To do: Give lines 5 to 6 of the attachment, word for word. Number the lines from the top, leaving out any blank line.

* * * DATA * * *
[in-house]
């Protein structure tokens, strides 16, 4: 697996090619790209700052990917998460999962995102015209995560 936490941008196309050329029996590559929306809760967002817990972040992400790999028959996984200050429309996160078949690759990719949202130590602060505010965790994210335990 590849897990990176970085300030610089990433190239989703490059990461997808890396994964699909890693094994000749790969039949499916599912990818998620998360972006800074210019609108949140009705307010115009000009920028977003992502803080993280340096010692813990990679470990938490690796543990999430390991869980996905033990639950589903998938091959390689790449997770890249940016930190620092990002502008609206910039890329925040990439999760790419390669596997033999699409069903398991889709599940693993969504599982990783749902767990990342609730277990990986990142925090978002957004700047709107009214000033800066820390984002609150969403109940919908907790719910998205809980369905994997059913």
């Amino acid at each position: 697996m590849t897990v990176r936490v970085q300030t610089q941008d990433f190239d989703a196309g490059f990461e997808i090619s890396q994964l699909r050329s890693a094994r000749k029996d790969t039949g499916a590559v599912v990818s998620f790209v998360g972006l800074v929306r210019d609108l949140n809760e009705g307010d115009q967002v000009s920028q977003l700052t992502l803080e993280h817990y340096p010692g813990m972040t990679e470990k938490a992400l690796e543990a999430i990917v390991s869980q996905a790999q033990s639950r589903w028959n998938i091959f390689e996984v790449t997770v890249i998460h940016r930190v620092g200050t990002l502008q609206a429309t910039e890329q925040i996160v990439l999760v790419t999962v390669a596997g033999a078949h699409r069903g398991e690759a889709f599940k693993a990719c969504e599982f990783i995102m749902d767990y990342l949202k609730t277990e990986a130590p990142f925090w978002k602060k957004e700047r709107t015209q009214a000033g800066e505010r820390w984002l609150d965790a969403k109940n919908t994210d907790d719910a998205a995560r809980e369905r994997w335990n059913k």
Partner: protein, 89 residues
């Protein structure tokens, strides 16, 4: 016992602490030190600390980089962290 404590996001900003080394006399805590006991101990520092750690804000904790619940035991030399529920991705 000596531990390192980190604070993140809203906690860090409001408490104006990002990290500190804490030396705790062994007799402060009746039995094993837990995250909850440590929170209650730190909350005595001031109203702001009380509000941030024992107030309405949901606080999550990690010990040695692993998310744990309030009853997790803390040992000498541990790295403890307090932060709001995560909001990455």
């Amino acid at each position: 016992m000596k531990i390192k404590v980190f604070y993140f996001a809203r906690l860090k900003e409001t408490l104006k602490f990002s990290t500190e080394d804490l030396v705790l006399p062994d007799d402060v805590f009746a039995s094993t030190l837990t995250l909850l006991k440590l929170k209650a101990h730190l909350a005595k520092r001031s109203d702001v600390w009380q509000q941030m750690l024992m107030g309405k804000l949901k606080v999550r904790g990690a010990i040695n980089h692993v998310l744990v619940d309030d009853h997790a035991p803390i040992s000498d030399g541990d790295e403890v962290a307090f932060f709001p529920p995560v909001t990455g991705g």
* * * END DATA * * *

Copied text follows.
């Protein structure tokens, strides 16, 4: 016992602490030190600390980089962290 404590996001900003080394006399805590006991101990520092750690804000904790619940035991030399529920991705 000596531990390192980190604070993140809203906690860090409001408490104006990002990290500190804490030396705790062994007799402060009746039995094993837990995250909850440590929170209650730190909350005595001031109203702001009380509000941030024992107030309405949901606080999550990690010990040695692993998310744990309030009853997790803390040992000498541990790295403890307090932060709001995560909001990455």
């Amino acid at each position: 016992m000596k531990i390192k404590v980190f604070y993140f996001a809203r906690l860090k900003e409001t408490l104006k602490f990002s990290t500190e080394d804490l030396v705790l006399p062994d007799d402060v805590f009746a039995s094993t030190l837990t995250l909850l006991k440590l929170k209650a101990h730190l909350a005595k520092r001031s109203d702001v600390w009380q509000q941030m750690l024992m107030g309405k804000l949901k606080v999550r904790g990690a010990i040695n980089h692993v998310l744990v619940d309030d009853h997790a035991p803390i040992s000498d030399g541990d790295e403890v962290a307090f932060f709001p529920p995560v909001t990455g991705g």